Linux distros have long been a favorite among programmers since the rise in popularity of the OS in the nineties. Programmers are technical by nature, and Linux distros appeal to that technical nature. Let’s discuss why Linux is a great desktop OS for programmers and developers
Before we delve into the nitty-gritty of best Linux Distro for developers to use in their day-to-day coding endeavors, let’s first list reasons for Linux being an excellent OS choice for developers.
- Linux is free, as is most the software that comes with it.
- Linux is safe and secure.
- Linux is easy to install.
- Linux terminal. The GUI interface with Linux distros, unlike other OSs, in Linux the GUI is optional. Many programmers who use Linux as their coding platform live solely in the terminal.
- An expansive range of applications to choose from. While nano and Vim are tremendous and fundamental, perhaps you want to give Sublime Text a look (you do). Linux lets you do that.
- Linux experience and expertise always looks good on a resume.
What to Look For
So, we’ve established that Linux is an excellent OS for programming. Now let’s review the criteria we want for our best Linux distro for programmers.
- Rolling versus Point Release Distros
- Community Support
- Distro Reputation
- Distraction-free Desktop Environment
What won’t delve into Community Support, Distro Reputation nor a Distraction-free Desktop Environment here, as these are self-explanatory? I would, however, like to take a moment to discuss the great Rolling versus Point Release distro debate.
Those programmers who opt to go with rolling updates enjoy the latest and greatest iterations of their distro, often receiving multiple updates per day. However, be forewarned that these updates can often lead to an unstable environment, sometimes resulting in a broken system.
Those programmers bent on stability opt for Point Release distros. These distros provide programmers a sense of security without the worry of bugs ‘magically’ appearing overnight because of a rogue or untested update. The Point Release distro, however, does not afford programmers with keen new features that possibly could result in a faster-running end product.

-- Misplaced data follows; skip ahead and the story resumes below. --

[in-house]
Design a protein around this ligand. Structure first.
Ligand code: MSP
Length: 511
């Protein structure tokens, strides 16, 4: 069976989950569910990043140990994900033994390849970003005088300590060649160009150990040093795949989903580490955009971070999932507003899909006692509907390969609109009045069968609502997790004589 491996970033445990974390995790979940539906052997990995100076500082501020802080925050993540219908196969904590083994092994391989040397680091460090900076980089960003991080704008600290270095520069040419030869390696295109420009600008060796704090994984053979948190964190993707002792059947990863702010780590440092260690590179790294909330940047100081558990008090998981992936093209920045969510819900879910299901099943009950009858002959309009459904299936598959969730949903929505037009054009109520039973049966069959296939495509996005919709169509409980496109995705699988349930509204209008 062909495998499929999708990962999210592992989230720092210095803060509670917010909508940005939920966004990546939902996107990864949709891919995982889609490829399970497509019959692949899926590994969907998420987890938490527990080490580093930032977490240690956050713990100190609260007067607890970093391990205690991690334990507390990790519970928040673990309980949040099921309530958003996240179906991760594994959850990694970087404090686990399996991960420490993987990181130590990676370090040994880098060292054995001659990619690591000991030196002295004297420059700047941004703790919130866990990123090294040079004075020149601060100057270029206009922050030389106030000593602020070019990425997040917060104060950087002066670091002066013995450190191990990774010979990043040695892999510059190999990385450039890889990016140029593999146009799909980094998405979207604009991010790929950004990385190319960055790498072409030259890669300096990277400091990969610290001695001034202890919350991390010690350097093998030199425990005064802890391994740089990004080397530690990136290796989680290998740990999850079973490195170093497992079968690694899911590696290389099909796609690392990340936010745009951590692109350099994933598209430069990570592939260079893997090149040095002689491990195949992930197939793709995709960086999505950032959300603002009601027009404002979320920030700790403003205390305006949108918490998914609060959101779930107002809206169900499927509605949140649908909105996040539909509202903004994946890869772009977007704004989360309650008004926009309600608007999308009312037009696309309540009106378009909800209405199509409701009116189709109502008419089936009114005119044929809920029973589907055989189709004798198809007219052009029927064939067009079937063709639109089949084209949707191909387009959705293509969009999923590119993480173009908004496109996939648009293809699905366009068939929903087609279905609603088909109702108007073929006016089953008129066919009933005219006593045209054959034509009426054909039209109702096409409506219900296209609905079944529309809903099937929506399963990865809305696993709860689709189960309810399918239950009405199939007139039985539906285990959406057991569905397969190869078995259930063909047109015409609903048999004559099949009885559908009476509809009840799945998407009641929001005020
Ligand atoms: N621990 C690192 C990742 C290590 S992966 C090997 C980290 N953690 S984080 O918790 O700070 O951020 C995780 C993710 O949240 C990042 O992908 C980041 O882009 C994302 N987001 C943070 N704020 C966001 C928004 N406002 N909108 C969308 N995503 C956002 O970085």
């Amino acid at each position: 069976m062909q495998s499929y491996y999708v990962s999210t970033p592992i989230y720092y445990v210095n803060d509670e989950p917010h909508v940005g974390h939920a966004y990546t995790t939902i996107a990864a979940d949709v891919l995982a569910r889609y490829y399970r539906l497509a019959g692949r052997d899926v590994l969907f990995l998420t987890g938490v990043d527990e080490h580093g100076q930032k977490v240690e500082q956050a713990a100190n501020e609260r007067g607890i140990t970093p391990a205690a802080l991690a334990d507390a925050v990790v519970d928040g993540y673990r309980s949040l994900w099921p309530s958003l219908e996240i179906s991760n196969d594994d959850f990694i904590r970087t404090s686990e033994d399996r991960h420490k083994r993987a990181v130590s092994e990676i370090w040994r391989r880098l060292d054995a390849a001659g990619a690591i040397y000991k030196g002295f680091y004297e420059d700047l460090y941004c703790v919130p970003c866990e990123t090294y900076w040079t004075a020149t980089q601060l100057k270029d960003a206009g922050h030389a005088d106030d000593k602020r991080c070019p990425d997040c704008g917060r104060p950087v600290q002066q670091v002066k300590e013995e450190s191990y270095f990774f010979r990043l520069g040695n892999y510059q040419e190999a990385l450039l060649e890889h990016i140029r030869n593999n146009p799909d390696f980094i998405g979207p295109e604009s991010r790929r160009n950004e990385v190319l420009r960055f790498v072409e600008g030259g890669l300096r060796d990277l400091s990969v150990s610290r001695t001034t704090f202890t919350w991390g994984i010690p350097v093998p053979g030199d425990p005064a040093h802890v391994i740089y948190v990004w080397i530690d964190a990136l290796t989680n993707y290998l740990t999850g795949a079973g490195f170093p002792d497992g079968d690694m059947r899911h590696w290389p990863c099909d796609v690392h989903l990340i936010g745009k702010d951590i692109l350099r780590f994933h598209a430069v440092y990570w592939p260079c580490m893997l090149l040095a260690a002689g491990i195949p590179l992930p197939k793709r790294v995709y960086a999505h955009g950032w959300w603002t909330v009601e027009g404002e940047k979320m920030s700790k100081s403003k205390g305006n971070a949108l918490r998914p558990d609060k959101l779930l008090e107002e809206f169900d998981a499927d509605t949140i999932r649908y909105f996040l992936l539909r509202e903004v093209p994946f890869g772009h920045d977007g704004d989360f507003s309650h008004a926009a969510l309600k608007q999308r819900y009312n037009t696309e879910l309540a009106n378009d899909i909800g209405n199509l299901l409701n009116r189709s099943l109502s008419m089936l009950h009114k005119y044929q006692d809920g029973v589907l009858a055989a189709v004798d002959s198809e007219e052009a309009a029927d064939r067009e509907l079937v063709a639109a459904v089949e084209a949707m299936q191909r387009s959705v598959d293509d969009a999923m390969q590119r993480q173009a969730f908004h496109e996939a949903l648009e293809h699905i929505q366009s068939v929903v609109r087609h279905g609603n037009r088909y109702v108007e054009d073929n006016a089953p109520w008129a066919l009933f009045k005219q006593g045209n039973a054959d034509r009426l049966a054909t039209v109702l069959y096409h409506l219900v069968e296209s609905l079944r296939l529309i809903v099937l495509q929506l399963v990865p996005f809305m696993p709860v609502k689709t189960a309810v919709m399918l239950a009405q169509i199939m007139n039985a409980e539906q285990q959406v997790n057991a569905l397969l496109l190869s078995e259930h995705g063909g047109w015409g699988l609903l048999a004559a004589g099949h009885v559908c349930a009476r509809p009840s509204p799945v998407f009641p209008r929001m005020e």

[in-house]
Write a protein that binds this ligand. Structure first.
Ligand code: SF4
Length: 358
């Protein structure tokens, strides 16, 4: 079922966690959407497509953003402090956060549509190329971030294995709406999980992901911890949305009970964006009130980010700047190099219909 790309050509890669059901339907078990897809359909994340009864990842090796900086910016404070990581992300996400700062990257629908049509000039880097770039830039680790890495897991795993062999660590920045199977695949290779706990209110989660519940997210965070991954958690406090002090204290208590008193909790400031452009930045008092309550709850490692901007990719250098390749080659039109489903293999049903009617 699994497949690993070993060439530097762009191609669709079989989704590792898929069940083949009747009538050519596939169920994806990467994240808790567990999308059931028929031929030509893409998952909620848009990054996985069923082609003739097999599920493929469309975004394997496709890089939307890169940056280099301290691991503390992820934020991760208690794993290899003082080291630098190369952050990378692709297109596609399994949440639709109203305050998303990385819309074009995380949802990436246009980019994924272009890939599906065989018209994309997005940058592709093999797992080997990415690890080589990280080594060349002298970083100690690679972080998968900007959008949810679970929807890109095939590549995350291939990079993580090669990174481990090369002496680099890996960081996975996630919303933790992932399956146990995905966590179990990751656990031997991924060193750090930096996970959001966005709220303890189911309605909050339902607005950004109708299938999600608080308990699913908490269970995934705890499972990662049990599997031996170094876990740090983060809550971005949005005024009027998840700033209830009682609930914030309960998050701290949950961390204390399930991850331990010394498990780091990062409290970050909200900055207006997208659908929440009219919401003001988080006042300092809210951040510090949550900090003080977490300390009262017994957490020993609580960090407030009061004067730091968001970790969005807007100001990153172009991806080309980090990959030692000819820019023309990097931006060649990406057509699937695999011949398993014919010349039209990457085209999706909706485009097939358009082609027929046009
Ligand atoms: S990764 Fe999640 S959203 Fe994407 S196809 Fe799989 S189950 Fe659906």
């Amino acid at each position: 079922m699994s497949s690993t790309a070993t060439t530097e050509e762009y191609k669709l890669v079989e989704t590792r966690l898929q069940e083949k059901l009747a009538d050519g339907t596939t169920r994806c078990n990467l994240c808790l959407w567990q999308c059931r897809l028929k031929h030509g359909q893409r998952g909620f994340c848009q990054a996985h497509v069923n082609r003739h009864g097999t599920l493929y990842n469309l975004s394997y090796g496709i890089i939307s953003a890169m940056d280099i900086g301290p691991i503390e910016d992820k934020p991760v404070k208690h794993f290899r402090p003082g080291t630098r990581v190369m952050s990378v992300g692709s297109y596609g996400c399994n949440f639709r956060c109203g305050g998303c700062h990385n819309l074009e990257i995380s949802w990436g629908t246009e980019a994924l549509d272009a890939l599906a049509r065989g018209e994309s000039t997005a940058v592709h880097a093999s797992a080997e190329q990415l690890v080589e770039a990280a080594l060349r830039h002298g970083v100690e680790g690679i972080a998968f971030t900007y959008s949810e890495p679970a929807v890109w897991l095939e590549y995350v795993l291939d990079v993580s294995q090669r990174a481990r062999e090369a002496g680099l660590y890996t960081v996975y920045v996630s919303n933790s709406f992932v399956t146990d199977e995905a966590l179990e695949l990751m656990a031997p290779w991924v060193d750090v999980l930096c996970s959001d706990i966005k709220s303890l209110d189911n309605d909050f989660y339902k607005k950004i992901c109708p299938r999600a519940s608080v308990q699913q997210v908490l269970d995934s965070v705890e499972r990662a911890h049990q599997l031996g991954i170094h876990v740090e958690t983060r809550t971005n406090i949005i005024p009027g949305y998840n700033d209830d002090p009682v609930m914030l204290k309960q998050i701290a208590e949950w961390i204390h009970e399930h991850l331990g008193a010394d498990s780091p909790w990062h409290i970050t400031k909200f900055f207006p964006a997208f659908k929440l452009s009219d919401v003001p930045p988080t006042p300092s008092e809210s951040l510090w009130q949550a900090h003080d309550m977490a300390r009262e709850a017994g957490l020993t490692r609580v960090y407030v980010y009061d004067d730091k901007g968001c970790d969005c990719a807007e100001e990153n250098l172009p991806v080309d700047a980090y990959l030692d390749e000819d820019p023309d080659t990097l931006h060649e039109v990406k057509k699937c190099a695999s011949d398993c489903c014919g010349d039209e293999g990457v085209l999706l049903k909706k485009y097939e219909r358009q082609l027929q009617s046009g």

Rolling distro or Point release distro is strictly a matter of preference for Linux users, as there are pros and cons for each.
Great. Now we are all set to look at the best Linux distros that not only meet the requirements mentioned above but popular in the programming community.
6 Best Linux Distros for Programmers
A distro can’t get a better endorsement than serving as the distro of choice of the founder of Linux. That’s right, Linux creator, Linus Torvalds uses Fedora as his main distro.
The sister project of Red Hat Linux, Fedora is an ideal programming platform. With releases every six months, developers need not worry about going too long between versions.
Fedora is fast, too. Even programmers are running Gnome report no latency or speed-related issues with their Fedora distro. The software repository for Fedora is rich, its community robust, and its reputation stellar.
I’ve been a Linux user for over twenty years, and I have never heard nor read a complaint about the stability of Fedora. Programmers can’t go wrong with one of the most trusted and reliable distros in the Linux arena.
DistroWatch.com ranks Fedora at #8.
Ubuntu has developed a top-notch reputation over the years. The Debian-based distro will celebrate its fifteenth birthday next month on the 20th of October, and has continually risen in the ranks of the Linux community and cultivated its well-earned reputation the hard way.
Backed and supported by Canonical, Ubuntu enjoys a broad base of community support. The software repository is extensive; programmers would be hard-pressed to not to find a tool required for their day-to-day work.
Every six month Ubuntu releases updated versions which receive free support for nine months, which comprise security fixes, high-impact bug fixes, and conservative, low-risk bug fixes. Support for Ubuntu’s LTS releases are for five years and released every two years.